Kenya to introduce crude oil into the market by next year


Kenya plans to sell crude oil in nine months’ time despite expert advice that the earliest the Turkana oilfields can be commercially exploited is 2020 reads TheEastAfrican.

A Kenyan State House-based team has been given until January 2016 to work on the logistics of the evacuation that would see crude moved by trucks from Lokichar to Kitale, from where it would be taken to Mombasa in specialised rail wagons for storage. Delivering on the oil promise by September 2016 is said to be one of the immediate tasks assigned new Energy Cabinet Secretary Charles Keter. Tullow Oil Plc, jointly with Africa Oil Corporation has discovered 600 million barrels of oil in northwest Kenya, which the government wants moved by road and loaded on rail wagons owned by Rift Valley Railways for transportation to Kenya Petroleum Refineries (KPRL) storage tanks in Mombasa. From there, the waxy crude will move by an existing pipeline which still needs to be reconfigured, so that it can be pump directly to the jetty at the Kipevu Oil Terminal.

The journey from Lokichar to the export market, most likely China, India and Malaysia, which have the advanced refineries to recover high quantities of white oil products from waxy crude, would be under specially heated conditions. Ministries are now looking at how to refurbish 200 kilometres of road from Lokichar to Kitale in western Kenya to accommodate tankers. Although Kenya has a pipeline running from Mombasa to Eldoret and Kisumu, it only carries refined products, which cannot be mixed with the crude. The officials said the team is required to work closely with exploration firms, road transport firms, Rift Valley Railways (RVR), line ministries, agencies and state corporations to address sticking points including funding. Before this intervention, Tullow and Africa Oil were expected to submit a field development plan (flow pipelines and production facilities) by March 2016. Sources said the road and rail solution would be an interim one until a USD 4bn pipeline is built between the oilfields and Lamu port on the Indian Ocean, about 900km away.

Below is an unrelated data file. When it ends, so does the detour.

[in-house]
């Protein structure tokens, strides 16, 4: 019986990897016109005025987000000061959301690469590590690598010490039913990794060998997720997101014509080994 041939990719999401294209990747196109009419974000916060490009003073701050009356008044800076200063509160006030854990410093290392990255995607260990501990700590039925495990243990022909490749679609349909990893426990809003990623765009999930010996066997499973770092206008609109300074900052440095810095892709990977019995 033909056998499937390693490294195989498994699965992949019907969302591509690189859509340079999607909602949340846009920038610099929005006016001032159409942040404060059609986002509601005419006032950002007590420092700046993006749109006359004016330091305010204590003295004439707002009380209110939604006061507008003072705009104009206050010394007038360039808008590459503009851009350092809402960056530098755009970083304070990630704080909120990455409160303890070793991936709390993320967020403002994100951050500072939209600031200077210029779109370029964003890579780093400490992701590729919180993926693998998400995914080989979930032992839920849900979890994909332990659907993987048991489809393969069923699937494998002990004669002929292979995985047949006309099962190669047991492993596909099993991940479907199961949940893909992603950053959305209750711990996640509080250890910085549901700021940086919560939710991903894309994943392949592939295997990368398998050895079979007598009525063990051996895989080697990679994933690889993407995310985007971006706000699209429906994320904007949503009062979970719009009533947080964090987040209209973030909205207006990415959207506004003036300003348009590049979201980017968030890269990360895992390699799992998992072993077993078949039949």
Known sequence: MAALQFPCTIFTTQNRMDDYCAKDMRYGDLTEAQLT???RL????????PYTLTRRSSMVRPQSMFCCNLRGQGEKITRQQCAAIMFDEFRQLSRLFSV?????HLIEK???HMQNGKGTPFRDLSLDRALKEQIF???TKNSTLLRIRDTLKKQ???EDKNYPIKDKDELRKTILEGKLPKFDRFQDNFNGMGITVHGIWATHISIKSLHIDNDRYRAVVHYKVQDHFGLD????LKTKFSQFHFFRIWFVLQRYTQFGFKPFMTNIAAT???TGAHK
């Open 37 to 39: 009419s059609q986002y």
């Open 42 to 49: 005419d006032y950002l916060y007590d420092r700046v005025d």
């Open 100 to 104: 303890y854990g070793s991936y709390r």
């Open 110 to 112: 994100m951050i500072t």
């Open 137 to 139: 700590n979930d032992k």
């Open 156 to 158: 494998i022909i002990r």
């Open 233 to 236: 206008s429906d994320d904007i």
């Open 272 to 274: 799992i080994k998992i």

Although President Uhuru Kenyatta and his Ugandan counterpart Yoweri Museveni agreed in August 2015 to build the pipeline jointly with the initial leg of 600km between Hoima and Lokichar, Uganda could still opt for a pipeline from its Albertine basin through northern Tanzania to the Tanga port. Uganda has discovered 6.5 billion barrels of oil in the basin and plans to construct a refinery at Hoima with a capacity of refining 60,000 barrels per day. The officials said KPRL will modify existing rail sidings to handle crude oil wagons and reconfigure the pipeline to take crude oil to the storage tanks and to deliver the commodity to the jetty for export. KPRL early this year started storing imported refined fuel for marketers at a fee. It has a capacity of 192,000 cubic metres for liquid petroleum products and 1,200 tonnes of liquefied petroleum gas. This was done ahead of a government decision on the future of the plant.

The timing of Kenya’s early-production-to-early-cash plan is surprising, given that oil prices have tumbled in the international market. A barrel of crude has declined from over USD 100 per barrel in mid-2014 to below USD 50 per barrel for most of the year. The price crashed to USD 36 per barrel after the Organisation of Petroleum Exporting Countries (Opec) failed to agree on December 4 in Vienna on production cuts. Wood Mackenzie Ltd, a consulting firm based in London, said oil prices are unlikely to rise steadily in 2016. “It is going to be a slog until the second half of 2016 with the oil market facing rising Iranian oil output and continued implied stock builds for the first half of 2016,” said the firm.

Whilst the outlook for oil remains negative, we believe that the move to expedite the production of oil in Kenya may have a positive impact on the country’s balance of payments since it would increase the country’s exports. However, given the low global oil prices the country could generate lower revenue than originally projected, whilst potential hazards and environmental pitfalls may also ensue should the construction of oil facilities be implemented hastily and without proper design and testing.

This report was written by Imara Africa Securities. Imara serves African markets and promotes investing on the continent. Its funds under management exceed $484.15million.